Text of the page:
Whitelist vs Blacklist: What’s the difference?

Vlad Constantinescu
by Vlad Constantinescu
VPN Expert & Privacy Advocate
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  • Whitelisting, respectively blacklisting, have been both known as great protection measures. The former uses a list of trusted entities, while the latter forbids specific users from accessing resources.
  • Whether it's blacklisting or whitelisting you'll choose, the principle stays the same: both techniques restrict your resources from general access.
  • Some popular services such as VPNs rely on blacklisting/whitelisting to handle connection rules.
  • Visit the Network & Internet Hub to learn more about healthy network administration practices.
Differences between whitelist and blacklist
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Whitelisting, respectively blacklisting, have been both great protection measures. When it comes to networking and permissions, creating a virtual “guest list” for trusted devices is much safer than relying on just using passwords.

As a rule of thumb, any password can be cracked on stolen, it’s just a matter of time and ingenuity. However, fully replicating a device, in addition to guessing a password, is much more difficult.

Many online services rely on this technique. For instance, geo-blocking services use blacklisting/whitelisting to keep things in order. VPNs are another great example of whitelist/blacklist-friendly products.

Some VPNs such as Private Internet Access let you exclude some programs from going within the secure tunnel. Or you can set them to always use the VPN connection, no matter what. And that’s exactly what blacklisting and whitelisting are about.

The difference between blacklist and whitelist

What is blacklisting?

The principle of blacklisting relies on blocking certain individuals, whether they’re devices, services, IP addresses, or entire regions, from gaining access to your resources.

If you operate a service that’s widely available, generally speaking, blacklisting is more common. That’s mainly because it can help you keep at bay only specific individuals instead.

This can also be useful if you operate a game server and you encounter cheaters, for instance. You put their IP address/username/MAC address on a blacklist, and they no longer have access to your game server.

In short, blacklisting is when you deny access to specific individuals to your resources.

What is whitelisting?

Whitelisting is, as you’d expect, an exact opposite of the blacklisting technique. You define a list of trusted entities that can access your resources, and the service remains unavailable to everyone that’s not on the list.

Running an operation that needs to be accessible only to certain entities is an excellent opportunity to use whitelisting. For instance, if you own a business and need to keep the internal network private, only to be available for employees.

You create a whitelist from your employees’ IDs, IP addresses, MAC addresses, or anything you want to identify them after, and they’ll be the only ones able to access your network.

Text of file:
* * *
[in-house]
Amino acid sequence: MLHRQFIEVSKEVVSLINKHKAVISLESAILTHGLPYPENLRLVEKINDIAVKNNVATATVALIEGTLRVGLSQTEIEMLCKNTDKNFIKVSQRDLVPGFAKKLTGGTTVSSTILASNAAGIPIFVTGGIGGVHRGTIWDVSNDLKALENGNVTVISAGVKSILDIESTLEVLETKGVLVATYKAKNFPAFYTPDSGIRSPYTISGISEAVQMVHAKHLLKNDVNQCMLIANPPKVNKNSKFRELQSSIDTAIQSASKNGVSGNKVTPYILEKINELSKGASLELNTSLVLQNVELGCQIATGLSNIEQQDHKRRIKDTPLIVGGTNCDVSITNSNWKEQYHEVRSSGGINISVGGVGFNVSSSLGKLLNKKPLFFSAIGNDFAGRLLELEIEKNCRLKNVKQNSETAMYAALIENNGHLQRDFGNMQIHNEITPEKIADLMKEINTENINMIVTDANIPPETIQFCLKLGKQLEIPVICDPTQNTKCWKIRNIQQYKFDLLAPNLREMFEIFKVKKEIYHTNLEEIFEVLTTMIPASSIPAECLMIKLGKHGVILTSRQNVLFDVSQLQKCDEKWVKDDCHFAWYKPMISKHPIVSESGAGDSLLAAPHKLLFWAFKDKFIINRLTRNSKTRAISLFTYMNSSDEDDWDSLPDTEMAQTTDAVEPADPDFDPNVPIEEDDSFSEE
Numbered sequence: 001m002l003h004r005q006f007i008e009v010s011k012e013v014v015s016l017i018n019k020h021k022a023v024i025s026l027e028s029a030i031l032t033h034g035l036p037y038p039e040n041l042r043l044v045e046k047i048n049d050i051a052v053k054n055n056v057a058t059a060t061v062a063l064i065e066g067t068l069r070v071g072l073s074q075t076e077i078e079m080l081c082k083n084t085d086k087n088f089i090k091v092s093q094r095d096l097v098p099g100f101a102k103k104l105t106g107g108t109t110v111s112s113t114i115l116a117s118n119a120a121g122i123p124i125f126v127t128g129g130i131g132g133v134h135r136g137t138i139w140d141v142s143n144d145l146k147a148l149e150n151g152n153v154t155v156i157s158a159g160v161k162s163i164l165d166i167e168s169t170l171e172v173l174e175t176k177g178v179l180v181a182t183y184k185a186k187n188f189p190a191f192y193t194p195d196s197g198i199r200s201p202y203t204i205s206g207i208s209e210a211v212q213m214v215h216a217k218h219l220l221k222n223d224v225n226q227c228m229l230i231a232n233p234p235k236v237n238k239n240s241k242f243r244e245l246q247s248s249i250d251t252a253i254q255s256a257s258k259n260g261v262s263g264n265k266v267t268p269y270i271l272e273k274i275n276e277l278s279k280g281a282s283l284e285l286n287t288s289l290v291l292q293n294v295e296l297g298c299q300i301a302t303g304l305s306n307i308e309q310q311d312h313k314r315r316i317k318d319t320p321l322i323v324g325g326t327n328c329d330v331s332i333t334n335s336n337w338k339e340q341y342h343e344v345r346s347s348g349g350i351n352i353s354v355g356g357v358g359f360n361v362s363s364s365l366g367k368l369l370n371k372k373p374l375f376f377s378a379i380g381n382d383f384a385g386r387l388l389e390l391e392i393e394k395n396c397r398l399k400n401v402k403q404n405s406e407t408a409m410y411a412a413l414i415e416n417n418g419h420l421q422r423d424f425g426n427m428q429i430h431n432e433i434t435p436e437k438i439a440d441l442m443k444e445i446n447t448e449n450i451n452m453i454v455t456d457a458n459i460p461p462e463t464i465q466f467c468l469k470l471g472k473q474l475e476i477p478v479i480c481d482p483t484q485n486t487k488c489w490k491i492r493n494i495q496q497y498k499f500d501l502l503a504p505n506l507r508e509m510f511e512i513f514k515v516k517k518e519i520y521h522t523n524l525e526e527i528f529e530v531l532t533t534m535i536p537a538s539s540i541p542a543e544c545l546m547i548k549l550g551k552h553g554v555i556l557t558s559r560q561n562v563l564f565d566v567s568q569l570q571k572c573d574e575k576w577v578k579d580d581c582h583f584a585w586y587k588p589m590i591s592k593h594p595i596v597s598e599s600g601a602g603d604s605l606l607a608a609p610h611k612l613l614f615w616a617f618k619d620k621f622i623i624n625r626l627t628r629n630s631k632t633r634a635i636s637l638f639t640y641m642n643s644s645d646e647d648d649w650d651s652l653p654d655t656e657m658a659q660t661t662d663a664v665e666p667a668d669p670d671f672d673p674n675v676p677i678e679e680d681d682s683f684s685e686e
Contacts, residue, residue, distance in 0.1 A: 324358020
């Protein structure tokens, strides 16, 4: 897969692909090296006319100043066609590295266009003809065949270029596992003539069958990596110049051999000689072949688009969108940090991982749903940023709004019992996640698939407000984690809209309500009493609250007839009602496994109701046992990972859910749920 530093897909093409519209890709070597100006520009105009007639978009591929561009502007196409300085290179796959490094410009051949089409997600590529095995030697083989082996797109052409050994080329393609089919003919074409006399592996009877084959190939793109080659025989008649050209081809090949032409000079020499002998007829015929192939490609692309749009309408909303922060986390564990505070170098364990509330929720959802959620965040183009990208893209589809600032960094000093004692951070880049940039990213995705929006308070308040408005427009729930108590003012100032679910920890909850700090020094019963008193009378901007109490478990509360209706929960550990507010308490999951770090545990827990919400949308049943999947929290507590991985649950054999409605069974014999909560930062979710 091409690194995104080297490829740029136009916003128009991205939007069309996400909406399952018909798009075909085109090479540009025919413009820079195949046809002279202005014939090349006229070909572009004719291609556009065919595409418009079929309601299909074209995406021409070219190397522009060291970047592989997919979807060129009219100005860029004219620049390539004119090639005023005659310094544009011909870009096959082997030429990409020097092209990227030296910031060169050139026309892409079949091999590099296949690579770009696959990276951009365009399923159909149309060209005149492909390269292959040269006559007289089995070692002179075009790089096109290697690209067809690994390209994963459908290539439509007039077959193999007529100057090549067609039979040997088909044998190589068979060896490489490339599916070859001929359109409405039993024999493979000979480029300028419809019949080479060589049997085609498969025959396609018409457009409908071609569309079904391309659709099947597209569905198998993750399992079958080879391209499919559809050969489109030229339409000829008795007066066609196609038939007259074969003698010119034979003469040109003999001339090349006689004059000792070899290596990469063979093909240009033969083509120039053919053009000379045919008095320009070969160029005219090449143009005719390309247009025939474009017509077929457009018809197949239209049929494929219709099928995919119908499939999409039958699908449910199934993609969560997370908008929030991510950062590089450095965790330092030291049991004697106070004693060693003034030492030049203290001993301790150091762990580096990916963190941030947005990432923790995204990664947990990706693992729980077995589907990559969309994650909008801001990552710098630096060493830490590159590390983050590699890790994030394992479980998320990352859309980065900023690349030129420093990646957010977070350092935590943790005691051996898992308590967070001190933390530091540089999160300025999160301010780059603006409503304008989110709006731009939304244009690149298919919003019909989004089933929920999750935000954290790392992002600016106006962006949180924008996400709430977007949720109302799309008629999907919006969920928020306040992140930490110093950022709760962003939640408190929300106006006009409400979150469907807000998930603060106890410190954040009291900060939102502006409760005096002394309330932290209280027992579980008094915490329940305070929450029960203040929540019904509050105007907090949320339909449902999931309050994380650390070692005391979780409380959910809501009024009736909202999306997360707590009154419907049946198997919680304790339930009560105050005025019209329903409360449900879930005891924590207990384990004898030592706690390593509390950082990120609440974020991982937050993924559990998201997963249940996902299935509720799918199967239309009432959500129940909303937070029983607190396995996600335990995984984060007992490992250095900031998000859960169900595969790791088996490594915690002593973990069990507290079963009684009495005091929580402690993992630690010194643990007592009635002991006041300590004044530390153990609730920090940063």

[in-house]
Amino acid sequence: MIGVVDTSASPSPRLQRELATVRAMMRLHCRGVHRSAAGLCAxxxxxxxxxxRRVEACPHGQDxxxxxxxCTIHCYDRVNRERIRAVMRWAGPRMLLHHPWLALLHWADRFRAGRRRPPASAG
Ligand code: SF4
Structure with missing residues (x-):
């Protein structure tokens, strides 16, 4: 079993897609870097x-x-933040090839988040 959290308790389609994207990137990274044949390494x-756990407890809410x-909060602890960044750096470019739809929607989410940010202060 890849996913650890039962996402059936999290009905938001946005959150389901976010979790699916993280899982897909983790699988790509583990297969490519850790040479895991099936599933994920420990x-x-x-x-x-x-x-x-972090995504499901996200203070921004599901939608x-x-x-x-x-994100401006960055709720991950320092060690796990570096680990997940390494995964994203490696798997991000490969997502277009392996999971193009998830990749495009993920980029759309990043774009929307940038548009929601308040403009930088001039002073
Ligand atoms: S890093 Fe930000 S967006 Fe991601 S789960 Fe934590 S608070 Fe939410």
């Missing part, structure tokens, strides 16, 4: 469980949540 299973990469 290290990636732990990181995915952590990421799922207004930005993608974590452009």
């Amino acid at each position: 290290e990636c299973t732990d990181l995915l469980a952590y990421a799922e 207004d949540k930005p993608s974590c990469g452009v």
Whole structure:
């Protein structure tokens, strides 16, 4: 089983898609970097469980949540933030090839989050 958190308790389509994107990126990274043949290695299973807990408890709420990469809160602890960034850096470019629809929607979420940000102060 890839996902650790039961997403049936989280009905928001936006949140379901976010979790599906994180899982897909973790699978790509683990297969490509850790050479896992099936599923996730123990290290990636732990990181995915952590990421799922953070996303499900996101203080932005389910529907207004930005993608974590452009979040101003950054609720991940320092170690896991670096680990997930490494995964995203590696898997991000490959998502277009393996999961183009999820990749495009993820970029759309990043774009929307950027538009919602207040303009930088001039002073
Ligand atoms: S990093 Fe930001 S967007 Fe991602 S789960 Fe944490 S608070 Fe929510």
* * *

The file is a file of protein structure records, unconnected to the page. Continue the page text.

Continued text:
Quite simple, right?

Whitelisting vs blacklisting

When it comes to keeping your resources secure, you need to make the best choice. Whether it’s blacklisting or whitelisting you’ll choose, the principle stays the same: both techniques restrict your resources from general access.

However, in some situations, one is better than the other. Additionally, choosing the wrong method usually leads to wasting precious time and losing efficiency.

For that reason, we’ll tell you when it’s best to use whitelisting, and in which cases its counterpart (i.e. blacklisting) is more fit.

  • Whitelisting: blocking spam, administrating a private network, managing trusted device within your own network or at home, running a beta testing campaign
  • Blacklisting: blocking offenders, removing trust from a previously trusted device, terminating accounts, avoiding contact with certain entities

Both whitelisting and blacklisting can be handy if used right

The bottom line is that either technique can come in handy, as long as you use the right one according to your needs. As a rule of thumb, the wider the access you want for your service, the brighter the color of your list should be.

Some services, such as firewalls and VPNs, offer this option inherently. The purpose of these services is to restrict or allow access to certain resources for some entities. Therefore, it makes sense that they make use of these blocking techniques.

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Frequently Asked Questions

  • The principle of blacklisting relies on blocking certain individuals, whether they’re devices, services, IP addresses, or entire regions, from gaining access to your resources.

  • Whitelisting is, as you’d expect, an exact opposite of the blacklisting technique. You define a list of trusted entities that can access your resources, and the service remains unavailable to everyone that’s not on the list.

  • No. You need to decide which is the best choice for you and stick with it. Using both would be a paradox, and would lead to either total blocking or granting full universal access altogether.

  • If you’re the system administrator, just access the section you’ve used to impose said restrictions and remove the device from there. If you’re on the other end, try contacting the administrator and asking them to lift the blacklist or include you on the whitelist.

  • It’s a process where certain services including search engines and website safety advisors blacklist websites from their index or remove them altogether.

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